Families of Blackwater massacre victims demand death penalty for guards

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Al-Akhbar Management

Published Thursday, October 23, 2014

Four former Blackwater guards found guilty for their role in the 2007 massacre of at least 14 civilians in Baghdad's busy Nisur Square should be executed, relatives of victims said Thursday.

Four former Blackwater security guards were found guilty Wednesday for their roles in a notorious 2007 mass shooting in Baghdad that left at least 14 civilians dead and deepened resentment of America's involvement in Iraq.

The four ex-employees of the US private security firm were convicted on an array of charges ranging from first degree murder to voluntary manslaughter.

Their convictions followed a two-month trial that heard how they opened fire with sniper rifles, machine guns and grenade launchers in Baghdad's bustling Nisour Square as they escorted a diplomatic convoy.

"They should be executed in the same place in Nisur Square where they committed the crime," said Hussein Ali Abbas, the brother of one of the victims.

His brother Saadi was on the way to visit a friend when the shooting occurred, and tried to flee but was gunned down anyway, Abbas said.

"The conviction is not enough," he said. "Justice was not achieved."

Khaled Walid, whose father was among those killed, agreed: "Everyone said they should be sentenced to death."

"I demand the harshest sentence," said Saddam Jawad, whose mother was killed. "If there is the death penalty in America, we demand the death penalty."

But the death penalty is not on the table for any of them.

One guard, Nicholas Slatten, was convicted of first-degree murder, which carries a potential life sentence. The others were found guilty of voluntary manslaughter and will be jailed for at least 15 years for each killing.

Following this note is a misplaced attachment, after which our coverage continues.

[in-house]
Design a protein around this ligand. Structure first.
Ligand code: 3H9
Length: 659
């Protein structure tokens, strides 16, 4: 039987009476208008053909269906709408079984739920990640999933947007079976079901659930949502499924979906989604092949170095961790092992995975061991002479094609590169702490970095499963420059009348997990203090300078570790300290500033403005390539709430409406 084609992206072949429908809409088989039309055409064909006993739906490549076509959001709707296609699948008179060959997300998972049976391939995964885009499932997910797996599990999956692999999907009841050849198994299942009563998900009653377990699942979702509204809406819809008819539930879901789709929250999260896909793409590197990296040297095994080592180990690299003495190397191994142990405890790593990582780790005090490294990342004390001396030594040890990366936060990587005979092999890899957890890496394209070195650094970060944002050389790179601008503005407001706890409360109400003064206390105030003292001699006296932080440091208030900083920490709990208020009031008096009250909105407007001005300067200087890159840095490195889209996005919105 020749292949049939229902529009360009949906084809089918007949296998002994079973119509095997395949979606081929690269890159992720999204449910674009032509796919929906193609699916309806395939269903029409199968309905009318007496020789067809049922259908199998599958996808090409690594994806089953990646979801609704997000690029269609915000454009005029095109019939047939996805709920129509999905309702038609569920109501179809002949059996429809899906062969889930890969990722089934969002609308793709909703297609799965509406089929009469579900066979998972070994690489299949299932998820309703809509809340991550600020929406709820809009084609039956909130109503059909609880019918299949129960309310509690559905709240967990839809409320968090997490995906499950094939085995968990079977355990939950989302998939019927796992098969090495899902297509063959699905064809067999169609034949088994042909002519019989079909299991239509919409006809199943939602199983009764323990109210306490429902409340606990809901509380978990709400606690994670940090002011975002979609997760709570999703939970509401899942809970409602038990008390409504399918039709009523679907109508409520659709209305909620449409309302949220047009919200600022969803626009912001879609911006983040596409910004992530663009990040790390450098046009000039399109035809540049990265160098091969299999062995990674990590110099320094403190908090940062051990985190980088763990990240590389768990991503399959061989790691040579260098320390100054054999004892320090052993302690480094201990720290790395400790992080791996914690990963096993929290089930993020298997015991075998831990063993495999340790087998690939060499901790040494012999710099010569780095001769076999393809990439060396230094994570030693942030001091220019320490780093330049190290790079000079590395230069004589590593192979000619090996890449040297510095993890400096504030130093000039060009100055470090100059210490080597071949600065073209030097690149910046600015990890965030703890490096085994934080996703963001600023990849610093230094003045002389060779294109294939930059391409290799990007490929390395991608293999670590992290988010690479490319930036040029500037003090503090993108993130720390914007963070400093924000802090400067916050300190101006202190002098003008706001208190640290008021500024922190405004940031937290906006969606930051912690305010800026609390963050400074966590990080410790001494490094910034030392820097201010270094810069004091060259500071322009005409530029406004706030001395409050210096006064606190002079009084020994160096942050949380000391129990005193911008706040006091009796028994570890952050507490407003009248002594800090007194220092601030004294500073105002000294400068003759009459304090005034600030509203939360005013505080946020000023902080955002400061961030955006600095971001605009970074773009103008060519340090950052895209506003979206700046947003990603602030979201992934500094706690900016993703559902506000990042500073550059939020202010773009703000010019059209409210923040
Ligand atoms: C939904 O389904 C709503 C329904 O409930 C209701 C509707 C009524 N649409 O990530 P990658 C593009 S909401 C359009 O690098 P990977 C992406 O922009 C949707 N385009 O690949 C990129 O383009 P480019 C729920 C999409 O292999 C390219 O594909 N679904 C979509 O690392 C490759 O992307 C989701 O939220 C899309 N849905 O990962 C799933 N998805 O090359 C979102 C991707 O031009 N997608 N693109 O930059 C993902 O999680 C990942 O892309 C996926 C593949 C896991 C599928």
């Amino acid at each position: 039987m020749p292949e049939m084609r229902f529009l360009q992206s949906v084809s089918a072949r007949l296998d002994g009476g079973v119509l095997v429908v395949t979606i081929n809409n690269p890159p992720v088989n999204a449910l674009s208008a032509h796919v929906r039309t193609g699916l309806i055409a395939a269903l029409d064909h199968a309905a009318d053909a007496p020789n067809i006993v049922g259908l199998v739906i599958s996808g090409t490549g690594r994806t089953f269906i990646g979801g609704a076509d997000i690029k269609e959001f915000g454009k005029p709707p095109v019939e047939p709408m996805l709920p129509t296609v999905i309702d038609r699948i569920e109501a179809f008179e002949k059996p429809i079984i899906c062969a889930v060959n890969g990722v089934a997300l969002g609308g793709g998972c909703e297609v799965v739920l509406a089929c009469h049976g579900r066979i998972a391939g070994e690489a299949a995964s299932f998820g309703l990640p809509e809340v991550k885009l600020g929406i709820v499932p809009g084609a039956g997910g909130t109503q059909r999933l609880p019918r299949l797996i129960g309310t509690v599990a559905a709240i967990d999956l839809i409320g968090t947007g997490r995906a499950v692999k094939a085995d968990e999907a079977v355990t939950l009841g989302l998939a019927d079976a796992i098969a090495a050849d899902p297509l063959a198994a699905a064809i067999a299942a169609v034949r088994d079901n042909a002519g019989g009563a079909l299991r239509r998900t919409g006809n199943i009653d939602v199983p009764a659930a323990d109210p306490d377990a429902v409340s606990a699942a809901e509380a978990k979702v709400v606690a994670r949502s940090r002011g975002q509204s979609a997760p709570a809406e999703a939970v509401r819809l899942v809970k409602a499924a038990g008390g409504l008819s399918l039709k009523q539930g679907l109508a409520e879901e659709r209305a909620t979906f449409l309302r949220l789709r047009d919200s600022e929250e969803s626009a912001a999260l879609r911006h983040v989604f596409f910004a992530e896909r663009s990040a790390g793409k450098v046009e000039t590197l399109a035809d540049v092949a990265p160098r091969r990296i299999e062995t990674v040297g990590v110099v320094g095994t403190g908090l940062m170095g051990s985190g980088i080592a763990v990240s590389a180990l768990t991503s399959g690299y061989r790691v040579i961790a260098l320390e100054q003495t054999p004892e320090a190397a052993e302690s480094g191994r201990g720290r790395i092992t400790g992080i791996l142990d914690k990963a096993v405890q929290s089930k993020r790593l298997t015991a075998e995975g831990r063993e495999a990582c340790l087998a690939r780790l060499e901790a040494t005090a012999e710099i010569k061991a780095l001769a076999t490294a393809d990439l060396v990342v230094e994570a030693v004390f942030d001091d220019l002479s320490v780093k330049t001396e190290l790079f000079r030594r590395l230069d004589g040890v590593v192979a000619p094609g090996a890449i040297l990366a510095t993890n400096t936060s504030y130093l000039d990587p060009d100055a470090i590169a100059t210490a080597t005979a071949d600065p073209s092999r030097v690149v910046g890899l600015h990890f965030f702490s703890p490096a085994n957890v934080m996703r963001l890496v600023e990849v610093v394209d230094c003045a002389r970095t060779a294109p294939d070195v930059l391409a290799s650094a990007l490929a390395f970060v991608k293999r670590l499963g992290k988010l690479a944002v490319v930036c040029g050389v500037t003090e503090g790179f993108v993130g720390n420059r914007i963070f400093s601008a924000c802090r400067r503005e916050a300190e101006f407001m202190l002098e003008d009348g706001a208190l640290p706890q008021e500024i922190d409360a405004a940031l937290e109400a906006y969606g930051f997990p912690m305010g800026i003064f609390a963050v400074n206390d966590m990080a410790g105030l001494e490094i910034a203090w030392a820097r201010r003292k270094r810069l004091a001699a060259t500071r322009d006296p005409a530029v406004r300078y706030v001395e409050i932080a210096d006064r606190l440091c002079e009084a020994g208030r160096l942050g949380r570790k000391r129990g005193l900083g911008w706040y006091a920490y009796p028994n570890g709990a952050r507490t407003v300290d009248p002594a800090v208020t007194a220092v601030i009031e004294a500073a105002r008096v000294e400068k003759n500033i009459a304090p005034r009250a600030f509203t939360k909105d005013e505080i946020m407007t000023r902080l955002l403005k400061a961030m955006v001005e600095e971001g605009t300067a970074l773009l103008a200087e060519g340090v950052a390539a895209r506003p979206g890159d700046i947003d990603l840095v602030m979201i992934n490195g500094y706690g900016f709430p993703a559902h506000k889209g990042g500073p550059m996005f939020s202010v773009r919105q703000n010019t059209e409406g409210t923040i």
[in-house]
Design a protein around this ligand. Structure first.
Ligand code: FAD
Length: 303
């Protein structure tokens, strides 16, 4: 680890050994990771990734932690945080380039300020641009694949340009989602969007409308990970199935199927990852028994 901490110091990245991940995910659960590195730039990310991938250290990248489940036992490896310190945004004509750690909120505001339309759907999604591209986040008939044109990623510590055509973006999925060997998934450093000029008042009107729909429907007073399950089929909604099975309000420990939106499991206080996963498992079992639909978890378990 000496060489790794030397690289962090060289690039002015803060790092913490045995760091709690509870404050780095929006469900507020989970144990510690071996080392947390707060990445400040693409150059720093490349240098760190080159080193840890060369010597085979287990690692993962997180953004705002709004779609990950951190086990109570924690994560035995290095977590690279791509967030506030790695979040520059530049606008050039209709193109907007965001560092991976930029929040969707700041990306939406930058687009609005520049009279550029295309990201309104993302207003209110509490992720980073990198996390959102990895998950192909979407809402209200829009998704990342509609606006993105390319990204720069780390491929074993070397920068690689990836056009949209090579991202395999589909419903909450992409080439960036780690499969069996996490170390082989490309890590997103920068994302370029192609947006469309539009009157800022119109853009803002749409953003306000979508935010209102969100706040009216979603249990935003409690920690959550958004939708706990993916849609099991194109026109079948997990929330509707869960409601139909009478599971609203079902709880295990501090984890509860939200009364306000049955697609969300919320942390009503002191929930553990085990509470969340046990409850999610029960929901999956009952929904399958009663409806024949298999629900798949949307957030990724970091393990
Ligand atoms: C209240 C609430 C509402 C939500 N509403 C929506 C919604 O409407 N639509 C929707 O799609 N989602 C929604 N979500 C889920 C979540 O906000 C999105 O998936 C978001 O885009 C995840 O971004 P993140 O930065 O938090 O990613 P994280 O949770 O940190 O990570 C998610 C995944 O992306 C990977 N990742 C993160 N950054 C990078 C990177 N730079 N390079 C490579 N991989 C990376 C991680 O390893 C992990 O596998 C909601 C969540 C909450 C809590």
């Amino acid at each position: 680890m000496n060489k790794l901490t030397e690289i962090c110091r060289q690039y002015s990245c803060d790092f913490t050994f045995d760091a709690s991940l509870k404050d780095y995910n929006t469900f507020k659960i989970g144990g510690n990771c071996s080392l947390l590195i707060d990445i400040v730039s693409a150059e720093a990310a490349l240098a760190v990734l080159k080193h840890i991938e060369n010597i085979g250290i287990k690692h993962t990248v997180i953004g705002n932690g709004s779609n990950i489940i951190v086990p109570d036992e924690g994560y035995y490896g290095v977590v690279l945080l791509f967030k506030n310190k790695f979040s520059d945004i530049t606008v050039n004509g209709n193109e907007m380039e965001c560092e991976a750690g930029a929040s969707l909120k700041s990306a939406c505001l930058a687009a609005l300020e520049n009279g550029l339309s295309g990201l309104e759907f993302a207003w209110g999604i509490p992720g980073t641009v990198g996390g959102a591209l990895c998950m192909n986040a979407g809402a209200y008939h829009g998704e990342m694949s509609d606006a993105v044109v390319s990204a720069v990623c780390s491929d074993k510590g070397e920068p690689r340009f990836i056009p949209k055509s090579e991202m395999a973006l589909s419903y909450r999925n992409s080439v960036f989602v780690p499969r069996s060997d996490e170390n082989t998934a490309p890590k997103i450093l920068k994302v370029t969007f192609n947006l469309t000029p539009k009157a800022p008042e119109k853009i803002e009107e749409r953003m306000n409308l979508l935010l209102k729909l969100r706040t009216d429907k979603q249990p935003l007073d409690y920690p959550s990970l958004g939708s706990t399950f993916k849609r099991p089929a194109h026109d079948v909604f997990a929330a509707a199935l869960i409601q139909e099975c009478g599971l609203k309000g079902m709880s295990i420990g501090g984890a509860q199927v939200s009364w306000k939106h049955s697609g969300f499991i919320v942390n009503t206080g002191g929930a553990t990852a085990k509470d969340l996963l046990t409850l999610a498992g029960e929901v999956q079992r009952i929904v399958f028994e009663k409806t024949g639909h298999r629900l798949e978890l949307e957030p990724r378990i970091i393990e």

Hassan Jabr Salman, who was wounded in the shooting, welcomed the convictions after the long delay.

"Thanks be to God... Justice was achieved at last," he said.

While the conviction does not go as far as he would like, it is still "a victory for the martyrs and the wounded."

The four men were ordered detained in custody ahead of their sentencing, which is yet to be fixed. Lawyers said they would appeal.

"The verdict is wrong, incomprehensible, we're devastated but we're gonna fight every step of the way, we still think we're gonna win, we're gonna appeal," David Schertler, defense attorney for Dustin Heard, said.

"People who could laugh, who could love, were turned into bloodied, bullet-riddled corpses, people who were not legitimate targets... who were no real threat to them," federal prosecutor Anthony Asuncion said during the trial.

Wednesday's guilty verdicts came after years of legal twists and turns in US courts.

In 2009, a US judge dismissed charges against five former Blackwater employees because certain statements they made immediately after the event could not be used against them.

Two years later, an appeals court reinstated the indictments against four defendants, opening the way for the trial in Washington.

A judge dismissed the case against Slatten in April because of a technicality. Federal prosecutors then refiled the first-degree murder charge against him after several weeks.

Iraqi officials say 17 civilians were killed, while US investigators recorded 14 deaths. A further 18 Iraqis were wounded.

In the aftermath of the killings, Blackwater was forced to cease operating in the country.

But a US diplomatic cable released by whistle blower website WikiLeaks said hundreds of former Blackwater guards kept working in Iraq for other companies.

(AFP, Al-Akhbar)


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